Air quality is one of those topics that connects all of us. It’s not difficult to find someone in your community who is sensitive to variations in air quality and is willing to share their story as a seed for an air quality monitoring project. As I describe above, our project with air quality sensors came out of the problem that our community in Hawaii faced during the 2018 volcanic eruption.
Setting up for this day depends on the resources that you have available to you. In the story presented about Hawaii, we had students split up into teams of 3 to build air quality sensors for various areas around our region. If you just have one, then you will want to emphasize more about the data that is collected and what it means than the building process. Building the kit is pretty straightforward if you follow the tutorials below.
The connection with what the data means is the exciting part. I would find someone in your community who is interested in talking with your students about Air Quality. Once the students know how to manipulate the LCD screen, this can turn into a way for the Air Quality information (and other info) to be displayed.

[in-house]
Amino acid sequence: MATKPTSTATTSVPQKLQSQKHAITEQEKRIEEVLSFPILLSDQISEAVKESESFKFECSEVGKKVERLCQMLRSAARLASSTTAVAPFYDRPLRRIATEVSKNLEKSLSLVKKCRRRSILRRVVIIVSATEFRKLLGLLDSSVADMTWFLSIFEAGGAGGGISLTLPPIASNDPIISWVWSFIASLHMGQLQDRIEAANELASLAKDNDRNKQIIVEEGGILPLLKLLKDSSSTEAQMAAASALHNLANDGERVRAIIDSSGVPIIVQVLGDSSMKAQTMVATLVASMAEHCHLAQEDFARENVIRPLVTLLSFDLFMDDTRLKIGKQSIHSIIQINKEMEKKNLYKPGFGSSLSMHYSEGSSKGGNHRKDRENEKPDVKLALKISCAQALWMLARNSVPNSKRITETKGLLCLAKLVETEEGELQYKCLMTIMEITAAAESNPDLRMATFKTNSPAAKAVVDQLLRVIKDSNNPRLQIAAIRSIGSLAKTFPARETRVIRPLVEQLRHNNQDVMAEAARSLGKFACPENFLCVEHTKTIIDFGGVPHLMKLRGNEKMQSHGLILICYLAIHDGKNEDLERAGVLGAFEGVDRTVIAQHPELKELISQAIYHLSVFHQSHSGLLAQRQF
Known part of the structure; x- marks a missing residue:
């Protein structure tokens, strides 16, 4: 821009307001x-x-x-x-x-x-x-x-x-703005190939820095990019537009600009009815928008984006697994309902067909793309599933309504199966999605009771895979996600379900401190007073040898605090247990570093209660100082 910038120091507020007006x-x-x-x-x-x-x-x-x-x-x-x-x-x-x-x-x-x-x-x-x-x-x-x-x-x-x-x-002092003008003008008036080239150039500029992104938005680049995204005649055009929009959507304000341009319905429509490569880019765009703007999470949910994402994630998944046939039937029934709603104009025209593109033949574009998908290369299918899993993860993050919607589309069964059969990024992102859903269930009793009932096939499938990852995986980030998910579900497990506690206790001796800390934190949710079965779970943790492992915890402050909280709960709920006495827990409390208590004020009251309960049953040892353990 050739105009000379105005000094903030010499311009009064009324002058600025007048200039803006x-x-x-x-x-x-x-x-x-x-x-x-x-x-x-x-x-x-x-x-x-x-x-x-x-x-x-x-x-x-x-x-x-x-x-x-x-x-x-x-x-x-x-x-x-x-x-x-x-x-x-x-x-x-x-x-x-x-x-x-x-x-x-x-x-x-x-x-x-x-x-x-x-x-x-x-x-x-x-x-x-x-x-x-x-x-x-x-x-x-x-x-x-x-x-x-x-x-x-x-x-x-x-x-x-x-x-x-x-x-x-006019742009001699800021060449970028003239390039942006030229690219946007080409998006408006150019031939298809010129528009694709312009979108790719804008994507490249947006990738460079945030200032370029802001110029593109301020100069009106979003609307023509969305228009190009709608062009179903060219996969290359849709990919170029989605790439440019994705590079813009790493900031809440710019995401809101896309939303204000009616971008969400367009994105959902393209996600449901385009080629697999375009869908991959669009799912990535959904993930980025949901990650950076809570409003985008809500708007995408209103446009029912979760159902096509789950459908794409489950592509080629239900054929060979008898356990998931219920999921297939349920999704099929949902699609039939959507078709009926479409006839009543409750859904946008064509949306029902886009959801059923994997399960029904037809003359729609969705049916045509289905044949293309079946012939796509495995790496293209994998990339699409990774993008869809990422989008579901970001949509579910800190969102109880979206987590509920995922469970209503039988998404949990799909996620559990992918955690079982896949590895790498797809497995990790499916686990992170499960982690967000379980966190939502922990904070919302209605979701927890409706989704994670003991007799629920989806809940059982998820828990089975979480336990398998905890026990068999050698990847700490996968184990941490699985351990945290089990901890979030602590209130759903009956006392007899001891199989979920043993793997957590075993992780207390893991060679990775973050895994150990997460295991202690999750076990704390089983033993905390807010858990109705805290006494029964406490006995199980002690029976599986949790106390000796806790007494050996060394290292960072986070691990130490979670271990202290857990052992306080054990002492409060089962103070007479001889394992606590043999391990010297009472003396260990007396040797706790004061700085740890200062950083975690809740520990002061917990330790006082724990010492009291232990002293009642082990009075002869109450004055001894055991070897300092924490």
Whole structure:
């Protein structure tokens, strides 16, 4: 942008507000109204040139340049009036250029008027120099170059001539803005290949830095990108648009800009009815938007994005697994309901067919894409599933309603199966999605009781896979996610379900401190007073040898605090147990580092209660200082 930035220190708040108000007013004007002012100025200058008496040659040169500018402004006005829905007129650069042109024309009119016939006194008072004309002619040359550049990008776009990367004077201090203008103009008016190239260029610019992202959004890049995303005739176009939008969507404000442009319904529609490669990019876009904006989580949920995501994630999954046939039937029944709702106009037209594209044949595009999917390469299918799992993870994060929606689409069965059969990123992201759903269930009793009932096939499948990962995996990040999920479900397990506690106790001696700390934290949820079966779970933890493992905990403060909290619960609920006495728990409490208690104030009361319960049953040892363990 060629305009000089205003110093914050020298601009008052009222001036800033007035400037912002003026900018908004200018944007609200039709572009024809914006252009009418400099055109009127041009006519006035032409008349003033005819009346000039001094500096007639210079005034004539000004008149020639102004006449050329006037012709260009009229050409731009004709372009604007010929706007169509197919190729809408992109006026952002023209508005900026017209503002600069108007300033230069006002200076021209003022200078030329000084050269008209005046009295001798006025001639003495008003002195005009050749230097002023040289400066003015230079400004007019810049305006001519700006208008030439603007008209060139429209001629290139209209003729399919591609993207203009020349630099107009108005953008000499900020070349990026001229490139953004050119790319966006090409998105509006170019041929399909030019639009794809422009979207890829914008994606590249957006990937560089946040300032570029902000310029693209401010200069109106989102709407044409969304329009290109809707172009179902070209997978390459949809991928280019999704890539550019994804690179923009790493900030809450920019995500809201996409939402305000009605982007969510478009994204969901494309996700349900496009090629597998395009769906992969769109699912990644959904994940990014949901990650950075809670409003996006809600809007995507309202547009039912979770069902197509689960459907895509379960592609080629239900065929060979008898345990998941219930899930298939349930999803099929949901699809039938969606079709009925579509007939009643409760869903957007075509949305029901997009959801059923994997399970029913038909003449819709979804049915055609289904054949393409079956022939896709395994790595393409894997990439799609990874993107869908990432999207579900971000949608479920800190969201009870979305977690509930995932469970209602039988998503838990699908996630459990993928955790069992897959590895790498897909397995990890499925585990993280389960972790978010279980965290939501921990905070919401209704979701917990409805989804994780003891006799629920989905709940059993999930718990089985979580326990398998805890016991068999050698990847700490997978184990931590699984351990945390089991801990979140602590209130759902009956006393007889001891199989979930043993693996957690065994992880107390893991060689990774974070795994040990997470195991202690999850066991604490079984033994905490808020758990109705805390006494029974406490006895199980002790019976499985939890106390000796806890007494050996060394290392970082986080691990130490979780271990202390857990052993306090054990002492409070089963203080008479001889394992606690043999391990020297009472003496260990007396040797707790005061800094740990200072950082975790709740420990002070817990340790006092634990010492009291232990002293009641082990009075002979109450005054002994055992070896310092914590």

You will know this is working on the specific level if students or you can notice changes in air quality after tweaking the environment slightly. An open or closed door, any sort of dust and you should be able to detect changes. On the larger level, if students feel comfortable applying this technology to a community issue then you have opened a huge door. There are 3 sensors connected, nothing is stopping a student from identifying and setting this device up with more sensors that can send information to the cloud. This basic sensor is like the gateway project to more remote monitoring projects.